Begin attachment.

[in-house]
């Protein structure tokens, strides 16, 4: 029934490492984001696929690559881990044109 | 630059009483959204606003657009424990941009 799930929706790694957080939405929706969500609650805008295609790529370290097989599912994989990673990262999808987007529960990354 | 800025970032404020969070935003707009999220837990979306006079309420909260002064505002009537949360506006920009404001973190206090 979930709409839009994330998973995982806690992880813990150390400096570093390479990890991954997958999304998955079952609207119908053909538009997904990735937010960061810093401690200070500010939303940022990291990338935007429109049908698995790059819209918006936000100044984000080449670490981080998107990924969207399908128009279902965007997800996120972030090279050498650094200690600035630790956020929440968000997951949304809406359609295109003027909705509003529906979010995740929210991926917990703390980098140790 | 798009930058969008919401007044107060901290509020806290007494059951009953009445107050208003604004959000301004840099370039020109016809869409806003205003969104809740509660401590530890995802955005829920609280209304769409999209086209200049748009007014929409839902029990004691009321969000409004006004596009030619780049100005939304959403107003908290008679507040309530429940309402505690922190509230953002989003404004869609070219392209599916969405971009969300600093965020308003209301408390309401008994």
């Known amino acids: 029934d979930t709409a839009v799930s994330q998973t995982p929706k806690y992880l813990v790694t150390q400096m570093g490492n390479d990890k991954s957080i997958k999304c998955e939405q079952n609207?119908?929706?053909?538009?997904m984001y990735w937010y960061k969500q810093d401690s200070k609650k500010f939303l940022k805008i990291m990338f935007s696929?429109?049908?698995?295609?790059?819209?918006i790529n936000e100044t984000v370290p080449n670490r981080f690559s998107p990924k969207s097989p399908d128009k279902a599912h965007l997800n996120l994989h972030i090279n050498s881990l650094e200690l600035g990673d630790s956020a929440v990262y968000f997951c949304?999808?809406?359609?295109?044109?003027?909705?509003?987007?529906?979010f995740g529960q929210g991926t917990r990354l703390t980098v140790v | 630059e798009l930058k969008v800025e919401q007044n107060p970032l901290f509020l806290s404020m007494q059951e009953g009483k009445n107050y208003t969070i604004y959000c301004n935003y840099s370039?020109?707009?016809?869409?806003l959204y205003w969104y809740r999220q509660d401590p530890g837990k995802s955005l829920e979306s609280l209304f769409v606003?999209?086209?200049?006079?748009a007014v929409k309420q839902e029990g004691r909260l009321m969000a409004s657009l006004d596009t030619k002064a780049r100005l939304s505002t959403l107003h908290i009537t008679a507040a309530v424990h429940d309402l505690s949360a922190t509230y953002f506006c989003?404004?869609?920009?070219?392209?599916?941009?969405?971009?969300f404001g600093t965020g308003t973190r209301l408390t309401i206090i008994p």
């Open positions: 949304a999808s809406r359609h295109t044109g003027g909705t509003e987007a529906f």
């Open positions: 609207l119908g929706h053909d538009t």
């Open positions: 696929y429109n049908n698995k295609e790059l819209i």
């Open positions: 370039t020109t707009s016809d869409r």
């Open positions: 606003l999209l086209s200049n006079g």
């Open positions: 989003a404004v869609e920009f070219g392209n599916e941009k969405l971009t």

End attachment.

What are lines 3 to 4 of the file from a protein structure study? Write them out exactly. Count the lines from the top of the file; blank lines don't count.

């Known amino acids: 029934d979930t709409a839009v799930s994330q998973t995982p929706k806690y992880l813990v790694t150390q400096m570093g490492n390479d990890k991954s957080i997958k999304c998955e939405q079952n609207?119908?929706?053909?538009?997904m984001y990735w937010y960061k969500q810093d401690s200070k609650k500010f939303l940022k805008i990291m990338f935007s696929?429109?049908?698995?295609?790059?819209?918006i790529n936000e100044t984000v370290p080449n670490r981080f690559s998107p990924k969207s097989p399908d128009k279902a599912h965007l997800n996120l994989h972030i090279n050498s881990l650094e200690l600035g990673d630790s956020a929440v990262y968000f997951c949304?999808?809406?359609?295109?044109?003027?909705?509003?987007?529906?979010f995740g529960q929210g991926t917990r990354l703390t980098v140790v | 630059e798009l930058k969008v800025e919401q007044n107060p970032l901290f509020l806290s404020m007494q059951e009953g009483k009445n107050y208003t969070i604004y959000c301004n935003y840099s370039?020109?707009?016809?869409?806003l959204y205003w969104y809740r999220q509660d401590p530890g837990k995802s955005l829920e979306s609280l209304f769409v606003?999209?086209?200049?006079?748009a007014v929409k309420q839902e029990g004691r909260l009321m969000a409004s657009l006004d596009t030619k002064a780049r100005l939304s505002t959403l107003h908290i009537t008679a507040a309530v424990h429940d309402l505690s949360a922190t509230y953002f506006c989003?404004?869609?920009?070219?392209?599916?941009?969405?971009?969300f404001g600093t965020g308003t973190r209301l408390t309401i206090i008994p």
């Open positions: 949304a999808s809406r359609h295109t044109g003027g909705t509003e987007a529906f």